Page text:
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Be Very, Very Afraid, and Protest!

Why the surprise? To those who haven’t been asleep at the wheel, or disinterested in paying attention, the fact that a far-right military-industrial junta will take over the government of the United State on January 20, 2017 comes as no surprise. It’s been in the works since Eisenhower.

Even the New York Times (“Donald Trump’s Military Government,” December 9, 2016), the “newspaper of record,” is alarmed. And this from the folks who helped give us the lead-up to the 2003 Iraq War (and really inferior 2016 election polls), and are sweating out the very real prospect that even the appearance of a republican form of democracy will go kaput on the day that Trump becomes president.

This American brand of neofascism and extreme militarism backed by the corporate elite has been in the works for a very long time. World War I saw the U.S. emerge as a superpower. World War II cemented the issue of U.S. military superpower status in history, and the collapse of the Soviet Union a quarter of a century ago put the icing on the cake, so to speak. We were the unchallenged military king of the hill. Fifty to 80 million war casualties resulted because of  World War II and our battle against fascism didn’t seem to impart any long-lasting lessons.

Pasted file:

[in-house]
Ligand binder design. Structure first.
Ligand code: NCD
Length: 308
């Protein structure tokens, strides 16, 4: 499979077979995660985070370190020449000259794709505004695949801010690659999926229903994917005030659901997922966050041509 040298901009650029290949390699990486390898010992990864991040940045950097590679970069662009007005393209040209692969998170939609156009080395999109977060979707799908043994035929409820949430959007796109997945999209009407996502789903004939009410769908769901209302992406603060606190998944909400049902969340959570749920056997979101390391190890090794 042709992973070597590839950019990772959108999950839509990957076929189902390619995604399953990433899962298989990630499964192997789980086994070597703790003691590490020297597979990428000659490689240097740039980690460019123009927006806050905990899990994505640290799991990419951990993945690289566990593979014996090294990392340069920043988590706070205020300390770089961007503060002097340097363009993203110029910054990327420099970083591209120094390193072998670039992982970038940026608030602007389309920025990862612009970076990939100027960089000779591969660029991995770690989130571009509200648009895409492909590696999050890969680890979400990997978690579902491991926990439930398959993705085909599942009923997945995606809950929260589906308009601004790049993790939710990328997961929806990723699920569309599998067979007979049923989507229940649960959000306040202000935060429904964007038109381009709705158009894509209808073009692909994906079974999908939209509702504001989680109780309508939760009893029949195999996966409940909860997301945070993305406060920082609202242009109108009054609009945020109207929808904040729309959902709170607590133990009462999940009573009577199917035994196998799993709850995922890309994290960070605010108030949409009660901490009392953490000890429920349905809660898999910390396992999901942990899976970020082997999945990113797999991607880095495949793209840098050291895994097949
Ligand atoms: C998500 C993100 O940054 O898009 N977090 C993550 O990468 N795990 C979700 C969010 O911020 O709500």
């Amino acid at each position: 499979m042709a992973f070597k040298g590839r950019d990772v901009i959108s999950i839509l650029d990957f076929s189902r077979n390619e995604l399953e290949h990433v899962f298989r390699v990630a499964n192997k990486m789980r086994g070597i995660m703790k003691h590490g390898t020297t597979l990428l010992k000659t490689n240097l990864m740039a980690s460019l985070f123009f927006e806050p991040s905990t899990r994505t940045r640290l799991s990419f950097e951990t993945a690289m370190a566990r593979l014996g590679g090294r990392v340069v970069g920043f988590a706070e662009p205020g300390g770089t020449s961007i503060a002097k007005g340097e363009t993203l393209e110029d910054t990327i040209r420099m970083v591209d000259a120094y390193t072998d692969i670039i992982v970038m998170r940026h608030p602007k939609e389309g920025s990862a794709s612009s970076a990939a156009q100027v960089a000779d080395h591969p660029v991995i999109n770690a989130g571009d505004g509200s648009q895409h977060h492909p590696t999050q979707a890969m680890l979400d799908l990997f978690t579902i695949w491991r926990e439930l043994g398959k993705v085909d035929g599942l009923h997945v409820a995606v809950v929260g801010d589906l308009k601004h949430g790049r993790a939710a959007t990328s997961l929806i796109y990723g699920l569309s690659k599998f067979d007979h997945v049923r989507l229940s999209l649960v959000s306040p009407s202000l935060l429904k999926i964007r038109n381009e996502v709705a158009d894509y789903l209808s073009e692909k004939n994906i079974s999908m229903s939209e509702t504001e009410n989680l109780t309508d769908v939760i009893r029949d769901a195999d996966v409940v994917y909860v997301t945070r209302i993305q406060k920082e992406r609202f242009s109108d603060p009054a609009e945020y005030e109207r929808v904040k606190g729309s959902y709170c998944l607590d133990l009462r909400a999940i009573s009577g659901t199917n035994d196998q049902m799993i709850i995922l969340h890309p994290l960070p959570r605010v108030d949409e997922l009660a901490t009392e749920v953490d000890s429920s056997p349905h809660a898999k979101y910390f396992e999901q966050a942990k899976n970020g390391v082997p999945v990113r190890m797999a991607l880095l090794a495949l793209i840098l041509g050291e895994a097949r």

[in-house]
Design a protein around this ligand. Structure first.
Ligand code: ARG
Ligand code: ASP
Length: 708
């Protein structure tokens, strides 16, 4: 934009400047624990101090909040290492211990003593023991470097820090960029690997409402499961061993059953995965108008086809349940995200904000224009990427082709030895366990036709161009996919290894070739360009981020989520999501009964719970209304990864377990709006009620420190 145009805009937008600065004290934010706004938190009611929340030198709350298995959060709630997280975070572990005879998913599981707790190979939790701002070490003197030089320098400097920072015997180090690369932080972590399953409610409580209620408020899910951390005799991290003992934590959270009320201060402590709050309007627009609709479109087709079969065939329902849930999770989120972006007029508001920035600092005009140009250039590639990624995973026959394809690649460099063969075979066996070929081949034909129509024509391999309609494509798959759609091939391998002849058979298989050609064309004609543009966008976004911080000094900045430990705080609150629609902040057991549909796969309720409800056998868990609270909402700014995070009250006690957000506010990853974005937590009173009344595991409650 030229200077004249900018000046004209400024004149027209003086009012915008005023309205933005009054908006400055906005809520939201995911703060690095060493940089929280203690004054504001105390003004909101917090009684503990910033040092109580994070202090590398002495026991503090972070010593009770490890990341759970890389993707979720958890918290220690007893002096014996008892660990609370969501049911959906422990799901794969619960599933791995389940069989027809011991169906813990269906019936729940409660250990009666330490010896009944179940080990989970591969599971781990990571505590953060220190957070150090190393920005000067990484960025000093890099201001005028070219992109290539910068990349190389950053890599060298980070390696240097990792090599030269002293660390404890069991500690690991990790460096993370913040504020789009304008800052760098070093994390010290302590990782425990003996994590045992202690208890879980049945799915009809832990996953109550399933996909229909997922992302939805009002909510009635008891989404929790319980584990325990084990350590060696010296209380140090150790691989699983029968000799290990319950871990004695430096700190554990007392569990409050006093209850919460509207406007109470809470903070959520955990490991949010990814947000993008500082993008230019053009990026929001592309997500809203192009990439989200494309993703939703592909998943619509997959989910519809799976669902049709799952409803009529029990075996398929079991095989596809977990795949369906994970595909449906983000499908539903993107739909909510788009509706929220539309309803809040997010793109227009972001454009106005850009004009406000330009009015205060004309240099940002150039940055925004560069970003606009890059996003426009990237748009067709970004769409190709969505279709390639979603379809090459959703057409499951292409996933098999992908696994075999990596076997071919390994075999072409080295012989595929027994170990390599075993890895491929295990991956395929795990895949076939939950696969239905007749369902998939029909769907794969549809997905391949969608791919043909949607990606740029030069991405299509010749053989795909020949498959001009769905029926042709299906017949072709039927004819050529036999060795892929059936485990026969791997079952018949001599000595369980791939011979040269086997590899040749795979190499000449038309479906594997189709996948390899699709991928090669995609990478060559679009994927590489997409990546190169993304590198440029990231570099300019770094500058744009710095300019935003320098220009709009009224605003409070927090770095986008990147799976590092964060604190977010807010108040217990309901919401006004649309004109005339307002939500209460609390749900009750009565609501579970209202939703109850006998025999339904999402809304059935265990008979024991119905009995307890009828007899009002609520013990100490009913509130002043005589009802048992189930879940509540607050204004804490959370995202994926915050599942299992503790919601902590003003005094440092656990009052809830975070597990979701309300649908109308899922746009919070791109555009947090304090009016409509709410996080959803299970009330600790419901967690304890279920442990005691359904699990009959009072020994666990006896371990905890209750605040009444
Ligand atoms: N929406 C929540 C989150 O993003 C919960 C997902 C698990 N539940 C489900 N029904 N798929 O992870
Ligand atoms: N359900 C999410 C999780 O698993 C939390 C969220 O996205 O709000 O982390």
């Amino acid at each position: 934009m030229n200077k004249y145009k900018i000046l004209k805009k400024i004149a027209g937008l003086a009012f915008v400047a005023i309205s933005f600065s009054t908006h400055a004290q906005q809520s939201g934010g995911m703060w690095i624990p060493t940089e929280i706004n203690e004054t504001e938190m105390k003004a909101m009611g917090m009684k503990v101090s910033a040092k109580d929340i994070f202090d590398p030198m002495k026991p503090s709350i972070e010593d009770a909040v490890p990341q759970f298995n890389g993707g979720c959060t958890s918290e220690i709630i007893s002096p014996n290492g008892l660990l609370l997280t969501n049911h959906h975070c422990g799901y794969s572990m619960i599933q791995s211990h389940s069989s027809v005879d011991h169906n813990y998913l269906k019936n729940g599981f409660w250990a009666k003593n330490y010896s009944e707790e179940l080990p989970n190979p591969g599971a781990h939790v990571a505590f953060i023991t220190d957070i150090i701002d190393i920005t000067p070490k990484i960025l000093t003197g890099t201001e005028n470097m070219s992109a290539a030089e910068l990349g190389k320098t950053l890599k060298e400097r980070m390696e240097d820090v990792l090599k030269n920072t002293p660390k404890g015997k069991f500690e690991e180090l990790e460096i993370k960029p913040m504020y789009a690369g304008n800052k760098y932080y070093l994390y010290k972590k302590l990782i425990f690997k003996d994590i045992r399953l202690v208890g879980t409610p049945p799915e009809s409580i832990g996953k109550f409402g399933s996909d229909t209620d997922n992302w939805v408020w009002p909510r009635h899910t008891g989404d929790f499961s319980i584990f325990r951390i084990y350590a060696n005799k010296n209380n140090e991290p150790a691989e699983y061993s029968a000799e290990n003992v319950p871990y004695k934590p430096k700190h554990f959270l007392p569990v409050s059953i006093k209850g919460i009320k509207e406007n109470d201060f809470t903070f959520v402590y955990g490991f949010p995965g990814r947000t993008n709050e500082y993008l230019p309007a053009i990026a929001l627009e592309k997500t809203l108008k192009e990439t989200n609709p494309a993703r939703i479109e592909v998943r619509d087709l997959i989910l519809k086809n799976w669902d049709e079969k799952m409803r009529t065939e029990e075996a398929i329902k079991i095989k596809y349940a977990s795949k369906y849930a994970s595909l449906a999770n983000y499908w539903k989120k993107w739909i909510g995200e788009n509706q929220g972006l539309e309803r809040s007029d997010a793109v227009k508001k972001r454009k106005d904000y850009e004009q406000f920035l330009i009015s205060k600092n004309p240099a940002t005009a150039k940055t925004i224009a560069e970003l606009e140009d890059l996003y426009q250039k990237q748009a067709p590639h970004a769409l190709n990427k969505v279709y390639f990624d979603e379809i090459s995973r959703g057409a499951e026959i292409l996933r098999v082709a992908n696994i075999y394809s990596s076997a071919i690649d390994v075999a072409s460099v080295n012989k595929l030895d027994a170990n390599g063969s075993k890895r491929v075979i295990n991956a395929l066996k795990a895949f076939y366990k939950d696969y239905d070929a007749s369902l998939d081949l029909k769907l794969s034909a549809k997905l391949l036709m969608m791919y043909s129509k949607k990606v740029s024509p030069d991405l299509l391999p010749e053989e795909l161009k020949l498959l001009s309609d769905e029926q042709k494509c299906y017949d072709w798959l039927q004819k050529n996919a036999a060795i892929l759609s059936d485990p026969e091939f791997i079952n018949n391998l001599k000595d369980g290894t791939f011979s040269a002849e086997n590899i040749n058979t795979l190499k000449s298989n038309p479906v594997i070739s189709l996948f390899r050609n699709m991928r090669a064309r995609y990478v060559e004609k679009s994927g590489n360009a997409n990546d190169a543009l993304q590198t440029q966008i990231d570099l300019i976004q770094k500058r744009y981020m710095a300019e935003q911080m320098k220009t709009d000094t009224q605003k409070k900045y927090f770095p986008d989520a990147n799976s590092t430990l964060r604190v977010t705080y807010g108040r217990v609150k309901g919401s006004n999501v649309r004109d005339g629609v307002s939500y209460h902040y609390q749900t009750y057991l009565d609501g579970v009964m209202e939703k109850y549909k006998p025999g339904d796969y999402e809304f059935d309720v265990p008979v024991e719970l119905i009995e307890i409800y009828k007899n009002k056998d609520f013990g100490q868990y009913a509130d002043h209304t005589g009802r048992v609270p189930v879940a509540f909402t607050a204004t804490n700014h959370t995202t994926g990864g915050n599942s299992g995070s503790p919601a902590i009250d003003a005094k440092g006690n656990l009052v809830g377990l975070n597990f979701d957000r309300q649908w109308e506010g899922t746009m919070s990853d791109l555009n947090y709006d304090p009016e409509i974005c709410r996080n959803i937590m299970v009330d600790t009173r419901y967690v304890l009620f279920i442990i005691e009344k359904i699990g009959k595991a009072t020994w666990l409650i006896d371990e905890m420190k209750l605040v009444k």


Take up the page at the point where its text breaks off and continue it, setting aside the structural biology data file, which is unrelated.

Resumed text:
For those paying attention, or for those who knew what militarism meant as a result of having come face to face with it during the Vietnam War (remember Reagan’s repackaging that war from a vicious war—since when has war not been vicious—to a “noble cause?”), it was easy to see the proverbial handwriting on the wall.

Then there was the long forced march toward Trump. First there was Reagan’s low-intensity warfare in Central America, then George H.W. Bush’s war in Iraq, a country that enjoyed complete military support from the U.S. just a few, short years before, as it fought its own war against Iran.

And the wars of George W. Bush in the Middle East that took the Cold War and converted it into new and numerous hot wars in the War on Terror. And the War on Terror did not come out of nowhere. The horror of the domestic attacks of September 11, 2001 had their roots in the U.S. support of religious extremists and warlords during the 1980s as our proxy war in Afghanistan against the Soviet Union. The Taliban emerged victorious after that war. The horror of September 11, 2001 was blowback on a huge scale.

The illusion that the Democrats were any different from the Republicans in matters of war was absolute rubbish. Obama kept the wars going and even revitalized the wars in Afghanistan and Iraq, while expanding wars in Somalia and Libya and Yemen, either directly or through proxies and/or arms sales. We sell massive armaments to the Saudis while the Saudis commit war crimes in Yemen and fuel the monstrous war in Syria, one among many proxies that have taken a hand in destroying that society. The Russians play the opposite side of the field hoping to keep a niche in their diminished sphere of influence while terrorists of all stripes lay down their lethal claims.

UNICEF reports that one child dies every 10 minutes in Yemen as a result of the war there ( “UNICEF: One child dies every ten minutes in Yemen,” Al Jazeera, December 12, 2016).